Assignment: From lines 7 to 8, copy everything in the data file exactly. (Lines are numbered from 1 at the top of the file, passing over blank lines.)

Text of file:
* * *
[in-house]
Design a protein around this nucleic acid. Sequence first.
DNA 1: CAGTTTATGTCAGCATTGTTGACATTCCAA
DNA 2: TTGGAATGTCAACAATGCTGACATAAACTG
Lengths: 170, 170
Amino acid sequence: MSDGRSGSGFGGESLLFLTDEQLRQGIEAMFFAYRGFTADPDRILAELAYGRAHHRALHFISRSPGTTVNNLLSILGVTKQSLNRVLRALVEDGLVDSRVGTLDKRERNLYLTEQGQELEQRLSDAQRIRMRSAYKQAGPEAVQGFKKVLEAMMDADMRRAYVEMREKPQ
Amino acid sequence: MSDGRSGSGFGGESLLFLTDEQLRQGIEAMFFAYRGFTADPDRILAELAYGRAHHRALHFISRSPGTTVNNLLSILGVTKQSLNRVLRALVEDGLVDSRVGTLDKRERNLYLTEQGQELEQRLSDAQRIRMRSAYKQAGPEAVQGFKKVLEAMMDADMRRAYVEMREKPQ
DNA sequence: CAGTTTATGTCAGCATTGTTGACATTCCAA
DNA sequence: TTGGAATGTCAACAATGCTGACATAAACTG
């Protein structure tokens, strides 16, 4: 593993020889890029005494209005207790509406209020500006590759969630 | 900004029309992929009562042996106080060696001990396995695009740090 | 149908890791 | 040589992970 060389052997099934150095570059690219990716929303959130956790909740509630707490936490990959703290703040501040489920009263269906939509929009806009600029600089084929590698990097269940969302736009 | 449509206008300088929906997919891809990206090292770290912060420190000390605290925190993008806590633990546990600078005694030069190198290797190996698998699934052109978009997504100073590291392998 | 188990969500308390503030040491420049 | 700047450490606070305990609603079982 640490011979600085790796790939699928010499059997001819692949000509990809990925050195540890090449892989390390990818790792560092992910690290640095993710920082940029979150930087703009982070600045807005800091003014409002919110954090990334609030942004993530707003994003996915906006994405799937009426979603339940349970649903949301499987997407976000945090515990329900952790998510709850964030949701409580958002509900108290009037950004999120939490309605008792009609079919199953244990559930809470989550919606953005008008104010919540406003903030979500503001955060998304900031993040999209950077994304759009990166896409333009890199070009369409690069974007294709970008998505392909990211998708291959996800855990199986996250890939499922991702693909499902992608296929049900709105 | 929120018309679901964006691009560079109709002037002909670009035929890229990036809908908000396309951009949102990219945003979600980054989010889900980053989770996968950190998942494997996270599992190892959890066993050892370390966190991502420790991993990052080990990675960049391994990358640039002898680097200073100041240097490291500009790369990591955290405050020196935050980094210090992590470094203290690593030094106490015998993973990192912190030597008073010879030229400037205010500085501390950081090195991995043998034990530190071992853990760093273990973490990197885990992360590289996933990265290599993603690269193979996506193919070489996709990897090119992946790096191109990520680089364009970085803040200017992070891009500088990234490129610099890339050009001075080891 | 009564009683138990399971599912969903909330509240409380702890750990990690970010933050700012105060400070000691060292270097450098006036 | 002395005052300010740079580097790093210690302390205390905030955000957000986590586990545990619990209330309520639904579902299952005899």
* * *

Amino acid sequence: MSDGRSGSGFGGESLLFLTDEQLRQGIEAMFFAYRGFTADPDRILAELAYGRAHHRALHFISRSPGTTVNNLLSILGVTKQSLNRVLRALVEDGLVDSRVGTLDKRERNLYLTEQGQELEQRLSDAQRIRMRSAYKQAGPEAVQGFKKVLEAMMDADMRRAYVEMREKPQ
DNA sequence: CAGTTTATGTCAGCATTGTTGACATTCCAA